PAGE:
Florida Prosecutor Suspended by DeSantis Sues the Governor in Federal Court


Andrew Warren, the State Attorney for Hillsborough County in Florida, was suspended by the Governor. Ron DeSantis, who pledged not to prosecute abortion crime crimes, filed suit against the governor in federal court accusing him of a “blatant abuse” of power in suspending his office.

Warren was twice elected Hillsborough County State attorney. DeSantis cannot suspend Warren for doing something that he hasn’t done. Warren signed a promise not to prosecute abortion crime. Although intent must be considered, DeSantis said that the move was in line with his “law & order” philosophy. He described Warren’s suspension to be the removal of a progressive prosecutor who refused enforce laws.

DeSantis’s problem is that declaring an intention not to enforce the laws is not the same thing as refusing to enforce it in a particular case.

Warren filed a lawsuit in the U.S. District Court Northern District of Florida alleging that DeSantis violated the First Amendment by suspending him because he signed a promise not to prosecute women seeking abortions and for his public statements against the criminalization of transgender persons. DeSantis’ executive orders that suspended him are being thrown out and the court is to declare that governors cannot take similar actions in the future.

DeSantis is also accused of having overstepped his authority to remove elected officials from office. He signed pledges with Warren, not in response to an official act. The matter is now likely to be brought up by the Republican-led Florida Senate. They would need to act before Warren is officially removed from office.

DeSantis stands on uncertain legal ground. However, DeSantis still stands on solid legal ground and has the chance to prevail before the Florida Senate.

David B. wrote that these statements had no impact on Warren’s decision in any case he was considering while in office. Singer, Warren’s attorney, was a part of the lawsuit. “Statements on matters of public discussion do not relate incompetence as defined by the Florida Constitution.”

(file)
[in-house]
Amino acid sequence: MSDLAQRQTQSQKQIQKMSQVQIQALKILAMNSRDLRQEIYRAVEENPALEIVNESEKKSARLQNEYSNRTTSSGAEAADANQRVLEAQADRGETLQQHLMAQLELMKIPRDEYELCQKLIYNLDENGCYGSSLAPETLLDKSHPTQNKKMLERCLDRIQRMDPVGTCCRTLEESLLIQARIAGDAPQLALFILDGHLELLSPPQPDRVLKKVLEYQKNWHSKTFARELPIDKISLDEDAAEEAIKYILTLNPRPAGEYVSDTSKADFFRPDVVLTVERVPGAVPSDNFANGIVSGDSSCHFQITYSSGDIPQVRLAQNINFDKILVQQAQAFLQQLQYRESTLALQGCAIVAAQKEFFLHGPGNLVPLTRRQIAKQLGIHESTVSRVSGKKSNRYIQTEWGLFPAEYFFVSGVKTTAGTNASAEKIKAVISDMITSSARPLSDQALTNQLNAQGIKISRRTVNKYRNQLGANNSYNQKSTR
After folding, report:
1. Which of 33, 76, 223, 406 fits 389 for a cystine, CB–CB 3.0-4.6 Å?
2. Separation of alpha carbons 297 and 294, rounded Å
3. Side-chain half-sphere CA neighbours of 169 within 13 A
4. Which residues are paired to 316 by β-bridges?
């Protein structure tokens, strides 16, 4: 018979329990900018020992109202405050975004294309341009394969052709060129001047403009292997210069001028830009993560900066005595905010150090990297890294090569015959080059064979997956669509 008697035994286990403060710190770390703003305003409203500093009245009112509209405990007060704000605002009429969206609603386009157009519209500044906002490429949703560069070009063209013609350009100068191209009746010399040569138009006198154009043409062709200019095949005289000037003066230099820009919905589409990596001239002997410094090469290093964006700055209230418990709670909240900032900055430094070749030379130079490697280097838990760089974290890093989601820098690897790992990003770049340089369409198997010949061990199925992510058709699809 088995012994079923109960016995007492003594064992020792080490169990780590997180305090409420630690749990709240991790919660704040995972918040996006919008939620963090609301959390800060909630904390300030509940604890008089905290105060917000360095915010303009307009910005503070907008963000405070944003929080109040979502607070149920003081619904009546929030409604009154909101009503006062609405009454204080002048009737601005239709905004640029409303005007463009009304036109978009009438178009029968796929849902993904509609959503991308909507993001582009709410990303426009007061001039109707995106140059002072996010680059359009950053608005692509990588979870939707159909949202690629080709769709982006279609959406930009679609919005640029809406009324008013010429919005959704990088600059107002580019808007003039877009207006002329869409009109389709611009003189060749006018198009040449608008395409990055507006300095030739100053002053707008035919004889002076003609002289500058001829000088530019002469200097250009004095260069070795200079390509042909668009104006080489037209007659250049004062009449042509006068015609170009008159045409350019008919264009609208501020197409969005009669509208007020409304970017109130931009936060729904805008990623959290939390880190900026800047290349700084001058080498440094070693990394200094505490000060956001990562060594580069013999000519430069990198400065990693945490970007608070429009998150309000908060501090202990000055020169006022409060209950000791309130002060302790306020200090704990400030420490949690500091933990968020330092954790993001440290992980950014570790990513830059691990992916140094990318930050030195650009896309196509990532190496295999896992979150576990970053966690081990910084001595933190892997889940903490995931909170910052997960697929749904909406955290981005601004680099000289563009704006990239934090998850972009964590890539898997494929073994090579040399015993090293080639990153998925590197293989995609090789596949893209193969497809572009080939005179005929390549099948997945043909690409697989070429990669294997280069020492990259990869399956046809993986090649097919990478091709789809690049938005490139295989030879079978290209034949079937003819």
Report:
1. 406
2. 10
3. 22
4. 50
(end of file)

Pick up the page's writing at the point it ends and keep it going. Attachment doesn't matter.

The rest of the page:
It is true. However, no legislature in the country would like its democratically reached decisions to be challenged or modified by a county attorney. He is responsible for enforcing the law, even if it does not agree with him. It is not morally questionable to decide whether to enforce a law regarding abortion or gender-affirming treatments. These are political decisions that should be left to the governor and state legislatures.

DeSantis’s office stated that the lawsuit was anticipated.

Taryn Fenske (DeSantis’ communications director) stated that Warren, who was suspended because he refused to follow the law, would file an unfounded lawsuit to challenge his suspension. “We look forwards to responding in court.”

Warren’s lawsuit notes that he “never was referred to a case involving an request to prosecute abortion related crimes,” so he never refused to prosecute any state law, even though he signed the abortion pledge.

Warren might win in federal court but it is unlikely that he will be able to keep his job after the Florida senator votes. This will lead to more legal disputes over whether or not the judgment of the state senator will prevail.

Wakeful prosecutors have a lesson to learn: Keep your opinions to yourselves.